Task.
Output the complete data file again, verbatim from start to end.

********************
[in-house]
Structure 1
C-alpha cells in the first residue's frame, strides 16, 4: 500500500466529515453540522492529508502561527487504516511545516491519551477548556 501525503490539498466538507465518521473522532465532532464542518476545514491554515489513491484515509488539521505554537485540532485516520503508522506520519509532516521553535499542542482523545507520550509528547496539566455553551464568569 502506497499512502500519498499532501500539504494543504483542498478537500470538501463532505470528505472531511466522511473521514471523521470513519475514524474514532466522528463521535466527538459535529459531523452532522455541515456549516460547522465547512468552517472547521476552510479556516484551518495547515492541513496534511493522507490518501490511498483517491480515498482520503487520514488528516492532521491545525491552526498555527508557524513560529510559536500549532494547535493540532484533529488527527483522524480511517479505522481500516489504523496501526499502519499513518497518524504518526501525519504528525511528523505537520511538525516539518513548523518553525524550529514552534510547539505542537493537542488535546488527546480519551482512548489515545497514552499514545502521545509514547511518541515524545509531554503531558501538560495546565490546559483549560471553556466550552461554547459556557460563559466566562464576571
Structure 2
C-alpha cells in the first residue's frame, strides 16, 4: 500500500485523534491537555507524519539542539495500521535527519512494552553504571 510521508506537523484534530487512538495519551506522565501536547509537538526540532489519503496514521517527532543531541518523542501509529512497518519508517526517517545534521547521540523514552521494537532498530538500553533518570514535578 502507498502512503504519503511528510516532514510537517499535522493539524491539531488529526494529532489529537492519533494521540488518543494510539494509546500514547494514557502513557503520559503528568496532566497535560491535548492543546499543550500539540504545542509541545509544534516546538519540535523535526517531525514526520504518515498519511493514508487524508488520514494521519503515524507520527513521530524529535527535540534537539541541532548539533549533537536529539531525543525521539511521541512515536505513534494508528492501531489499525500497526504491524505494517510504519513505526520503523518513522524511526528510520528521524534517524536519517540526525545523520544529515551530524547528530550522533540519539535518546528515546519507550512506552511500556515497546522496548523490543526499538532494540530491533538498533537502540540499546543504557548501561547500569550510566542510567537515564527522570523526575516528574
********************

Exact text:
[in-house]
Structure 1
C-alpha cells in the first residue's frame, strides 16, 4: 500500500466529515453540522492529508502561527487504516511545516491519551477548556 501525503490539498466538507465518521473522532465532532464542518476545514491554515489513491484515509488539521505554537485540532485516520503508522506520519509532516521553535499542542482523545507520550509528547496539566455553551464568569 502506497499512502500519498499532501500539504494543504483542498478537500470538501463532505470528505472531511466522511473521514471523521470513519475514524474514532466522528463521535466527538459535529459531523452532522455541515456549516460547522465547512468552517472547521476552510479556516484551518495547515492541513496534511493522507490518501490511498483517491480515498482520503487520514488528516492532521491545525491552526498555527508557524513560529510559536500549532494547535493540532484533529488527527483522524480511517479505522481500516489504523496501526499502519499513518497518524504518526501525519504528525511528523505537520511538525516539518513548523518553525524550529514552534510547539505542537493537542488535546488527546480519551482512548489515545497514552499514545502521545509514547511518541515524545509531554503531558501538560495546565490546559483549560471553556466550552461554547459556557460563559466566562464576571
Structure 2
C-alpha cells in the first residue's frame, strides 16, 4: 500500500485523534491537555507524519539542539495500521535527519512494552553504571 510521508506537523484534530487512538495519551506522565501536547509537538526540532489519503496514521517527532543531541518523542501509529512497518519508517526517517545534521547521540523514552521494537532498530538500553533518570514535578 502507498502512503504519503511528510516532514510537517499535522493539524491539531488529526494529532489529537492519533494521540488518543494510539494509546500514547494514557502513557503520559503528568496532566497535560491535548492543546499543550500539540504545542509541545509544534516546538519540535523535526517531525514526520504518515498519511493514508487524508488520514494521519503515524507520527513521530524529535527535540534537539541541532548539533549533537536529539531525543525521539511521541512515536505513534494508528492501531489499525500497526504491524505494517510504519513505526520503523518513522524511526528510520528521524534517524536519517540526525545523520544529515551530524547528530550522533540519539535518546528515546519507550512506552511500556515497546522496548523490543526499538532494540530491533538498533537502540540499546543504557548501561547500569550510566542510567537515564527522570523526575516528574